An artificial reef costing up to $27 million is one option which will be considered as part of the City of Albany’s long-term plan to control erosion at Emu Point.
A recently completed coastal management study by consultant URS Australia was expected to determine a preferred option for the area between Emu Point and Middleton Beach.
However, the report, presented to stakeholders last Tuesday, found further studies would need to be conducted before a definitive long-term option was chosen.
Friends of Emu Point president Ken Drummond said he was disappointed a clear management strategy had not yet been identified, despite four previous studies being completed in 1992, 1993, 2000 and 2003.
“I would have thought that perhaps they were going to come up with an answer, I thought that’s what this report was about,” he said.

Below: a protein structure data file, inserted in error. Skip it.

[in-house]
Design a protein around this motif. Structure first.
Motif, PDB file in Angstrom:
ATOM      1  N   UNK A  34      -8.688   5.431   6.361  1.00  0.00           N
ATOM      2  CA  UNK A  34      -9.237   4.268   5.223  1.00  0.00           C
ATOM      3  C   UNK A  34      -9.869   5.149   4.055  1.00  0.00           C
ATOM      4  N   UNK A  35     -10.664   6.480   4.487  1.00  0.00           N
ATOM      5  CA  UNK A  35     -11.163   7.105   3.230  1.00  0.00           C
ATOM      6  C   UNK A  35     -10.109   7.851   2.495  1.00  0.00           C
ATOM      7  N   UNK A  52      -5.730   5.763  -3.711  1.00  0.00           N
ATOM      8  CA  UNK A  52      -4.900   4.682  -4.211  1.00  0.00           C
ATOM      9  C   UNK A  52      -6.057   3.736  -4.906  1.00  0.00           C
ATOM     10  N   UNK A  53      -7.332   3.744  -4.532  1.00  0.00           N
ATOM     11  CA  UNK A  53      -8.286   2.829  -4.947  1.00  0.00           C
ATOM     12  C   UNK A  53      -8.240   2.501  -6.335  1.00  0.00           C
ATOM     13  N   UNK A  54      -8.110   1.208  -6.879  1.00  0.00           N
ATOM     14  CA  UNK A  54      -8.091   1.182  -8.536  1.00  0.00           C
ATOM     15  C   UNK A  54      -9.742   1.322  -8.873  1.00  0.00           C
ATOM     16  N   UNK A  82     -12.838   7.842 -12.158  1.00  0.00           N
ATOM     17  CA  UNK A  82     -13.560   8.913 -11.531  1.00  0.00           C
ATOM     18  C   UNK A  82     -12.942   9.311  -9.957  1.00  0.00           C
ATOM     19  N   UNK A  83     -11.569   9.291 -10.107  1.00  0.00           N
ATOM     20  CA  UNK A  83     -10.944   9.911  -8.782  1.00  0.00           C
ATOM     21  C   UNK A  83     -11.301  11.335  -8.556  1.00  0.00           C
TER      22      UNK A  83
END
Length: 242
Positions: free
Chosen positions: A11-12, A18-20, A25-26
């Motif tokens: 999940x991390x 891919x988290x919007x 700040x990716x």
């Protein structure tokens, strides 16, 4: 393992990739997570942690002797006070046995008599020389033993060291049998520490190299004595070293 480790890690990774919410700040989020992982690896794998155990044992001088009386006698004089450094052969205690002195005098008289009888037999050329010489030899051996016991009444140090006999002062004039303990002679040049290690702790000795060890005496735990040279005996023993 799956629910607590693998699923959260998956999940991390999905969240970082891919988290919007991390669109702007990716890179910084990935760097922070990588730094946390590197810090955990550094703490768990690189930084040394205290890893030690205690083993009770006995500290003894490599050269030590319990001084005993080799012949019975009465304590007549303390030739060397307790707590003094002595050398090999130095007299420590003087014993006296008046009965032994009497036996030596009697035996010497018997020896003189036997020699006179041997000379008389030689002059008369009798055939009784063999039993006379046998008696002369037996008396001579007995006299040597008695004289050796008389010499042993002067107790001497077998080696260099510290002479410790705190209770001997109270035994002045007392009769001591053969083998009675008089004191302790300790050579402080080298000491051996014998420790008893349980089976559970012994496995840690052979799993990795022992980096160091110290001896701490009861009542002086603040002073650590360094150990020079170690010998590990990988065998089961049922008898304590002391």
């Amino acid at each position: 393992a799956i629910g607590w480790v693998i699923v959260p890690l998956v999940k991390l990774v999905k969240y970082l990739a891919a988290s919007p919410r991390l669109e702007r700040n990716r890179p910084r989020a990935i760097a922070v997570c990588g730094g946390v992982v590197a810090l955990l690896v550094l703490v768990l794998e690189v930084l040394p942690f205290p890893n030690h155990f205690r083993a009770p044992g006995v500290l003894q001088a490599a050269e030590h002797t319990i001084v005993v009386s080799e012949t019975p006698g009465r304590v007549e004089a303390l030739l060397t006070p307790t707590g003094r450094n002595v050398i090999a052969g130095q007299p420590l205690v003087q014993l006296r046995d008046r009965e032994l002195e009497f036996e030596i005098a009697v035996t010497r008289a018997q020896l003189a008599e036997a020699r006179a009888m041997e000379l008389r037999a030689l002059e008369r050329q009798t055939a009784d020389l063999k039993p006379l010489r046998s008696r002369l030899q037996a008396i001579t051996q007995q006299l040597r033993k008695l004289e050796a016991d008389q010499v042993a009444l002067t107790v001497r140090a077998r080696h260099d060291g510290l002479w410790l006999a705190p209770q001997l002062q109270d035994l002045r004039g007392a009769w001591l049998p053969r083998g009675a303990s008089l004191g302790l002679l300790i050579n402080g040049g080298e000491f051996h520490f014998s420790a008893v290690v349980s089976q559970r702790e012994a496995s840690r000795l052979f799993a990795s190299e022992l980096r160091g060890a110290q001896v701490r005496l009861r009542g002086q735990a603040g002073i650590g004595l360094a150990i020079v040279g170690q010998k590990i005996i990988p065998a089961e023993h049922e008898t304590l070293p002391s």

However, Mr Drummond said he was confident the right long-term decision would eventually be made, and praised the City for committing to short-term emergency works at Oyster Harbour Beach as a result of the report.
The City’s audit and finance committee has recommended council allocate $300,000 to reinstate the collapsed rock wall and recharge the beach by this summer.
In addition to the $27 million submerged reef, other long-term options mooted in the report include raised offshore or near-shore rock breakwaters at a potential cost of $11.5 million and $7 million respectively, and general ongoing beach nourishment and monitoring at a cost of $7 million.
A “managed retreat” option, which would remove existing erosion control structures, was considered unlikely as it would result in infrastructure at Emu Point being threatened.
The report recommended further studies be completed to identify which of the long-term options was chosen, or if a hybrid option should be considered. This would include attempting to gain access to wave and wind modelling data gathered by Grange Resources as part of its port dredging project.
Albany Mayor Dennis Wellington said the City would continue its strong working relationship with the Department of Transport, which partly funded the $70,000 study, and other key stakeholders in determining a long-term strategy.